Landlords and property managers generally require a formal notice to vacate when you leave a rental unit. The notice alerts the landlord or property manager that you no longer want to rent the property, and that he should start looking for another tenant to occupy your space. The notice period -- that is, the amount of time between giving written notice and leaving -- can vary based on state law, how long you've rented and your lease terms.
In most states, you must give at least 30 days notice to the landlord, noting that you're not renewing the lease and that you'll be vacating. However, this sometimes depends on how long you have been renting. If you have rented for less than a year, you often have to give 60 days notice.
Period Between Payments
In some states, the amount of time between rental payments determines proper notice, as asserted by the California Department of Consumer Affairs. For example, your landlord may have you pay in bimonthly installments. In this instance, because there are two weeks between payments, you must give a two-week notice to vacate.
The Lease Agreement
Typically, lease agreements spell out how much notice you have to give when you want to move out. Landlords may choose to extend the minimum notice specified by law, usually doing so in increments of 30 days. For instance, if state law required a minimum of 30 days for notice, the landlord may require 60 days. Landlords do this because they know from experience approximately how long it takes them to rent a unit at a particular property. If your lease specifies how much notice you must give, then that is the notice duration you must follow, as your lease is a legally binding contract.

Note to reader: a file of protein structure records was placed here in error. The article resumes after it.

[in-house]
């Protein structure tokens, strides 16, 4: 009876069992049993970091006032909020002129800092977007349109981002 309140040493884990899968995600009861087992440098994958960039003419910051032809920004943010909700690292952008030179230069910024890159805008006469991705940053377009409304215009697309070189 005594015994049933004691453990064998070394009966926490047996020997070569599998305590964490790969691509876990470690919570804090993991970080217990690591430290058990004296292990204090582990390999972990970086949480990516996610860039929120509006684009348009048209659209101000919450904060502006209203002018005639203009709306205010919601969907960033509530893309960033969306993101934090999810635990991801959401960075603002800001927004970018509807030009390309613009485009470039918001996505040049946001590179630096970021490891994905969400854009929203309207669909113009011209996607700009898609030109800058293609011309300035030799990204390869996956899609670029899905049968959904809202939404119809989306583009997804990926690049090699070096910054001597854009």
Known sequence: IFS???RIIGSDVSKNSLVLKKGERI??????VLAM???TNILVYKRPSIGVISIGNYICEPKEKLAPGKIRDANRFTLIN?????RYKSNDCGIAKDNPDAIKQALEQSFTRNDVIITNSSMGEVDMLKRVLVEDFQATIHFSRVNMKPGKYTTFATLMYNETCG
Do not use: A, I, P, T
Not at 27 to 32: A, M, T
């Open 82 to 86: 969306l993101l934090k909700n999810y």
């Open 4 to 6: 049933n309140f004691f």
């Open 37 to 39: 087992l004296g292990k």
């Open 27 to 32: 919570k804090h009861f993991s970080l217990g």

If you move out without giving proper notice, you can be held liable for the remaining amount of rent left on the lease (usually one month's rent if your original lease has expired and placed you on a month-to-month). However, you can give the notice at any time. For instance, you could give notice on the 15th of January and move out on the 15th of February. In this instance, the landlord normally would prorate your rent so you wouldn't be charged the full amount for February. Notably, not all landlords agree to prorate if your move-out date is inconsistent with the leasing cycle period. If your landlord doesn't agree to prorate -- which should be stipulated in your lease -- then you are responsible to pay for the entire cycle in which you left.